Reading the Subliminals
In an election season in which the White House has tried to feminize John Kerry, what is a danger of the press playing -- at least, unconsciously --into the stereotype?
In looking at all the shots of Kerry and Clinton at Monday's huge rally in Philadelphia, I didn't see one other shot--like this one on the cover of the NYTimes-- where it seemed like Clinton and Kerry were holding hands. (If you look at the photo up close -- as you should be able to do in the on-line article-- Kerry also has a sort of sheepish/embarrassed look on his face.)
At first, I decided not to make much of this -- until I read the article. One paragraph, in particular, seemed to reinforce my impression. It had to do with a man, interviewed for the piece, who couldn't help fawning over Clinton:
"I had quadruple surgery in 1989, I know what it's like what he's doing," said Jim Mangine, 59, a telephone technician who took three hours off work to attend the lunchtime rally. "He looks fantastic. I didn't think he was that handsome - he's a good-looking guy, and I'm a man. It'll definitely get people off the fence."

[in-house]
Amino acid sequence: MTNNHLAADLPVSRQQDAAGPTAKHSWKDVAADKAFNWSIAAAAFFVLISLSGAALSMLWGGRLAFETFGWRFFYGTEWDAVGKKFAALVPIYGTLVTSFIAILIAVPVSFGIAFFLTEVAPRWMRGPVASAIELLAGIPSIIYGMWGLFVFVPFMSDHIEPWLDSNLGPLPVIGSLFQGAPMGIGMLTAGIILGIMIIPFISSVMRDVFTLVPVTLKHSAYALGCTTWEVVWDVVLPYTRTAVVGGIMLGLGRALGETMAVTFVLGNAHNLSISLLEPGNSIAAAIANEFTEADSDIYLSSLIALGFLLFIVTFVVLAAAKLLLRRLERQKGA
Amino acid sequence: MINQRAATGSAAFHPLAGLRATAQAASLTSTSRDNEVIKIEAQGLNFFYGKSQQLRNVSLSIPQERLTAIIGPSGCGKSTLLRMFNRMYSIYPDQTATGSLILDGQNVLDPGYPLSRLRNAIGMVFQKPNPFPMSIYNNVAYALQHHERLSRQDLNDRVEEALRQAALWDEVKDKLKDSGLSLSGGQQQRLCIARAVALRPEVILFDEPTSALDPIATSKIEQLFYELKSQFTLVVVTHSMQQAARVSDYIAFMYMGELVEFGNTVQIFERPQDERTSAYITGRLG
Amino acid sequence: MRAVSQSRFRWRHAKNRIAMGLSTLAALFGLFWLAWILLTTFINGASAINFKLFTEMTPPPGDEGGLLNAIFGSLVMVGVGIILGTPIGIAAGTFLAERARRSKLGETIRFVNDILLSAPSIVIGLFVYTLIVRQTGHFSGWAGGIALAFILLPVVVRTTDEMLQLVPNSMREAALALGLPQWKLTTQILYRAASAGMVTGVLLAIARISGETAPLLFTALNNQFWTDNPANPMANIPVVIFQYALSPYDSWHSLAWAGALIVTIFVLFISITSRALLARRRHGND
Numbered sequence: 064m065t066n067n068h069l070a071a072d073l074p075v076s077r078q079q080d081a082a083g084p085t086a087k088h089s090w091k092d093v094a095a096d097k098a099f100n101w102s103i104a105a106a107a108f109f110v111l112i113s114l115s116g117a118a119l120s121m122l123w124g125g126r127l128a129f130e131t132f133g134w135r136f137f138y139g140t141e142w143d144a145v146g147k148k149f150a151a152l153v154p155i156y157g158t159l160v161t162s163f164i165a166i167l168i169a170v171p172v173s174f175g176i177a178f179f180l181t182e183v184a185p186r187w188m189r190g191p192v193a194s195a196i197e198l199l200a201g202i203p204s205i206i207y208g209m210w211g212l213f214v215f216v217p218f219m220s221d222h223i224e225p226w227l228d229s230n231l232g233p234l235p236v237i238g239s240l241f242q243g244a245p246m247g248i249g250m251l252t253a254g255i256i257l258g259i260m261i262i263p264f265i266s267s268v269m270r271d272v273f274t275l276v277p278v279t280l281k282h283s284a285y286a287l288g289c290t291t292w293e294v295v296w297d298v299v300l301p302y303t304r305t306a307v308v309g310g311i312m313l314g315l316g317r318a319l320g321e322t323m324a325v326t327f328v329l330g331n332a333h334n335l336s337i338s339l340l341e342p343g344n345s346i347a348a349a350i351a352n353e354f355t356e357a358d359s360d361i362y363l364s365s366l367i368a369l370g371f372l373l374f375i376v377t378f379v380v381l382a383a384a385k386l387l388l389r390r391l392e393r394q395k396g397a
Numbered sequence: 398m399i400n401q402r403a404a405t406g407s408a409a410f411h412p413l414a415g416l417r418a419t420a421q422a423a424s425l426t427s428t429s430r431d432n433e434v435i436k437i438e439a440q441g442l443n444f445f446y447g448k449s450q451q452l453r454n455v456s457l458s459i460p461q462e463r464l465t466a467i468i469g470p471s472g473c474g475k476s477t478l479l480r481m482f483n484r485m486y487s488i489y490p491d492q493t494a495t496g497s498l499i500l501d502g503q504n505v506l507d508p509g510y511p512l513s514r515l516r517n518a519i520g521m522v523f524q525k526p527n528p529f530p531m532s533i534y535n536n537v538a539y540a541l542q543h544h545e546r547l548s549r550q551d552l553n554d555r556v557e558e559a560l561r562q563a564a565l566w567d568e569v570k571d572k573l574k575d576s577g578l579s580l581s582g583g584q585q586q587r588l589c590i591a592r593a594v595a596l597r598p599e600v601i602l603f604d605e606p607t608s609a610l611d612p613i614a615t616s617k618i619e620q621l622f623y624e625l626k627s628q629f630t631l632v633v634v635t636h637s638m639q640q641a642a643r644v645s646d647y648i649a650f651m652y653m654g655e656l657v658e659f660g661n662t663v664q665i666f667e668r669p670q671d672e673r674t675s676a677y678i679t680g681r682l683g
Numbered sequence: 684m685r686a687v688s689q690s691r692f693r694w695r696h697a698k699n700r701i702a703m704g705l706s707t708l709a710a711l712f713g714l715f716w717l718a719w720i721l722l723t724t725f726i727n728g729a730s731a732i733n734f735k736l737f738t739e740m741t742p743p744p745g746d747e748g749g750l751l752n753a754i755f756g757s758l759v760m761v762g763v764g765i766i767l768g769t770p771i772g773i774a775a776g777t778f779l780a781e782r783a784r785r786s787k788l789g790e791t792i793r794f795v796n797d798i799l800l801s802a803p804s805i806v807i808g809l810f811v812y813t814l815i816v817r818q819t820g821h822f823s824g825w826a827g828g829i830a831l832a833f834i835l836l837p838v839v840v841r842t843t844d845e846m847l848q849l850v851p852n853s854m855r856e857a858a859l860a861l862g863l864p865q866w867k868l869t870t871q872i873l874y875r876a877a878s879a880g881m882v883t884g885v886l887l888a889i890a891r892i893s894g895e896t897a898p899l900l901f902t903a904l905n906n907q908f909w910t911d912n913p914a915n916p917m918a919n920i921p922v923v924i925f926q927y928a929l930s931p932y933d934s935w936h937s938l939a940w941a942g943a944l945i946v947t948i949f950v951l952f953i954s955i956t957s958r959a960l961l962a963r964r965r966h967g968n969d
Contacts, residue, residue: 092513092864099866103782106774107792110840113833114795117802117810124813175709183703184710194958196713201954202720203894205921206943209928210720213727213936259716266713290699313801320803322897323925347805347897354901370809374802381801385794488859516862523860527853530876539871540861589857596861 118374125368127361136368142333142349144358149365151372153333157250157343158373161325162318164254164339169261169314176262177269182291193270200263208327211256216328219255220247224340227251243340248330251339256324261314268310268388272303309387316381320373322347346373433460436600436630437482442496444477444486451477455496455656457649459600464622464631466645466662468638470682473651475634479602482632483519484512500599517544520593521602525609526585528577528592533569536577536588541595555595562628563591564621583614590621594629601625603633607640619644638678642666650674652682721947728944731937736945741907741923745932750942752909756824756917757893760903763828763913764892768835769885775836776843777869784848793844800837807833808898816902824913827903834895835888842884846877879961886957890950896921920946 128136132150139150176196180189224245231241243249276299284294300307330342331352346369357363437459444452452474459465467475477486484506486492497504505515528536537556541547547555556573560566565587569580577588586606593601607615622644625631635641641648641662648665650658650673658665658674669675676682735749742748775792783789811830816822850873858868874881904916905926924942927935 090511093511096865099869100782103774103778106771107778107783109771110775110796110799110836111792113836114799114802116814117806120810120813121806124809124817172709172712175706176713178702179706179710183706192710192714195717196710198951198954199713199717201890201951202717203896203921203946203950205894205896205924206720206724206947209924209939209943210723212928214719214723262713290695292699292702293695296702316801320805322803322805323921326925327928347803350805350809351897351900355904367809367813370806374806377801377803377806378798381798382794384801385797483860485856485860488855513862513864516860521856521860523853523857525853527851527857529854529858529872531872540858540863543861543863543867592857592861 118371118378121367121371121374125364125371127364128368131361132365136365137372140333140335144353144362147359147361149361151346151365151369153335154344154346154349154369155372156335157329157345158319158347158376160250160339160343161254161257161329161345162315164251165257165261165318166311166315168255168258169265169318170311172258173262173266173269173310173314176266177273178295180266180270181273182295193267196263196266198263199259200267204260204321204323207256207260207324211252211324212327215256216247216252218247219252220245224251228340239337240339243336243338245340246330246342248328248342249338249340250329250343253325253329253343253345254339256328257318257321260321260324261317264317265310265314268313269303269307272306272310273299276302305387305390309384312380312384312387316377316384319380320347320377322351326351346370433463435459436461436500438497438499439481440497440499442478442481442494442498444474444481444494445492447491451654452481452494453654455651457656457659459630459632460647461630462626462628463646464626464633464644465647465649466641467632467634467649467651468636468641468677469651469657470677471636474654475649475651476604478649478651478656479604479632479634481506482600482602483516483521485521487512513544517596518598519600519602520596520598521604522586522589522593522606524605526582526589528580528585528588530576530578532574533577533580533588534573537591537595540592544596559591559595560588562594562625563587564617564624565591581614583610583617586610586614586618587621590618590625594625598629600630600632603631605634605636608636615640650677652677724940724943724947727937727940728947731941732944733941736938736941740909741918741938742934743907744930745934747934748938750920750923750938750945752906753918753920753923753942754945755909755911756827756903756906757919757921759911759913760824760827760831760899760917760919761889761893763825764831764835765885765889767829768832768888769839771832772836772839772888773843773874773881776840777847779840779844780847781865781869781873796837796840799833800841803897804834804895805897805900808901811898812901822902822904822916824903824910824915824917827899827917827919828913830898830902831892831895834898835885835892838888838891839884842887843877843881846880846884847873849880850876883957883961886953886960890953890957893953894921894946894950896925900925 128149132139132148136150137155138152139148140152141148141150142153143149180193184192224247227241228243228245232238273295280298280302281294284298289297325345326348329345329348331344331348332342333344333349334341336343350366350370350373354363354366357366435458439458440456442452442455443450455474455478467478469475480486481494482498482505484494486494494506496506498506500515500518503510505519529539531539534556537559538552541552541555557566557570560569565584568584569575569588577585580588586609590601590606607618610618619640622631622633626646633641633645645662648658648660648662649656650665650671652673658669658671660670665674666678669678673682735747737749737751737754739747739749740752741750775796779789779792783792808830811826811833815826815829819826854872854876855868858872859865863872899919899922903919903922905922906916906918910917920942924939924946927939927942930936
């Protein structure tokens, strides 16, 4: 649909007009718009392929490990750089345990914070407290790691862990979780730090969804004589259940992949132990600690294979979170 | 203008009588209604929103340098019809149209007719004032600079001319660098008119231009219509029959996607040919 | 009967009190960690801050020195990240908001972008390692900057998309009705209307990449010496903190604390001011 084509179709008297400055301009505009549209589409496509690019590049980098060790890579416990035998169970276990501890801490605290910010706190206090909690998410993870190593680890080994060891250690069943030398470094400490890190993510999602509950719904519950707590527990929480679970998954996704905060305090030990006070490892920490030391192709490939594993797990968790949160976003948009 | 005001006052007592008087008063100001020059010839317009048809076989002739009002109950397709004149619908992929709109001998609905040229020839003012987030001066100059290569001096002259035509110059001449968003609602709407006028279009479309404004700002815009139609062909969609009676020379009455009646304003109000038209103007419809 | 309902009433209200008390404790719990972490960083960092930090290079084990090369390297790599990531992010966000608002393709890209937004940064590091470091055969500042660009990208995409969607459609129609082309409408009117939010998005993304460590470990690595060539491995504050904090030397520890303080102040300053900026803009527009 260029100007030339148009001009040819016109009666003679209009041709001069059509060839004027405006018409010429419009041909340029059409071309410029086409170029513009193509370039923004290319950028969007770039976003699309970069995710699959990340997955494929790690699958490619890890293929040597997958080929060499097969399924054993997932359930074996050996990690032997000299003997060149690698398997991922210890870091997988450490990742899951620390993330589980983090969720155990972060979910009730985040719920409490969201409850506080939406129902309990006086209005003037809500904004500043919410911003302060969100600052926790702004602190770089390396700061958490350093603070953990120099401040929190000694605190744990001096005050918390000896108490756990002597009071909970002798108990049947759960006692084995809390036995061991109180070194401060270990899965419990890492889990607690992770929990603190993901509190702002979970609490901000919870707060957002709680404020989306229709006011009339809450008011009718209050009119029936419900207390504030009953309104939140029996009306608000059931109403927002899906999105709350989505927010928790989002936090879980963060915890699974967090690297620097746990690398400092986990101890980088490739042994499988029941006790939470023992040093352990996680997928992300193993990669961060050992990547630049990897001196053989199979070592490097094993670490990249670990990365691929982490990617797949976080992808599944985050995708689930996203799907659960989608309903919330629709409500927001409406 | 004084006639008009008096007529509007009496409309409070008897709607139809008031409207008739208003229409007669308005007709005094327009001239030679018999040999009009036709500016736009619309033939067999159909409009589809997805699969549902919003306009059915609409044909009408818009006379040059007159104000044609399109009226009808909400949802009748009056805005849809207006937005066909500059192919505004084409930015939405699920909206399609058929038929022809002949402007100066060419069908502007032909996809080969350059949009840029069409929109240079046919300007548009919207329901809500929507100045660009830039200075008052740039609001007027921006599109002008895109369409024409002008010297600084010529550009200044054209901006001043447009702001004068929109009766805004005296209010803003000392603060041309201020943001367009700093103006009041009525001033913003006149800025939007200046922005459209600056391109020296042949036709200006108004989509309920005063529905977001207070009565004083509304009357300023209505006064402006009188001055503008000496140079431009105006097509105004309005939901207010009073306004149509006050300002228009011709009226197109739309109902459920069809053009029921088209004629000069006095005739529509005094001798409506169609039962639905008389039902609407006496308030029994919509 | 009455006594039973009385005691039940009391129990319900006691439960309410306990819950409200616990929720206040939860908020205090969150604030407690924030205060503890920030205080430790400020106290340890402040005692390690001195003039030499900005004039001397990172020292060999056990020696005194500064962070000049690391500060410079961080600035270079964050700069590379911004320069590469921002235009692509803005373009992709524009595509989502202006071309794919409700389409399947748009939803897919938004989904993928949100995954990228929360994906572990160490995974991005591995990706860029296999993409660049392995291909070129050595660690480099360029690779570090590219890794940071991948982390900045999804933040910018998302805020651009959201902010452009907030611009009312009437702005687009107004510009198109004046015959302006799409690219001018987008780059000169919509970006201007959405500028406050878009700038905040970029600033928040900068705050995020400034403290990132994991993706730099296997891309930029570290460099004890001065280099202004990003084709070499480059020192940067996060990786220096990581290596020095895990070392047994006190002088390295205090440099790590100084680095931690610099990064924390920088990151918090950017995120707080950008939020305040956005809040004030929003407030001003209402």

In analyzing the photo with the quote, I began to think the "pull" (if there actually is one) might be coming more from the sexualizing of Clinton than (just) the feminization of Kerry. If you look at the Yahoo shot I featured yesterday of Clinton (at the same rally) with a female admirer, it could be that even a "high brow" paper like the Times can't help from "layering in" sexual allusions when it comes to the former President.
Afterall, if Clinton can have such a passionate effect on some random guy attending a rally, why wouldn't writing about and photographing Clinton get people off ( the proverbial fence), as well.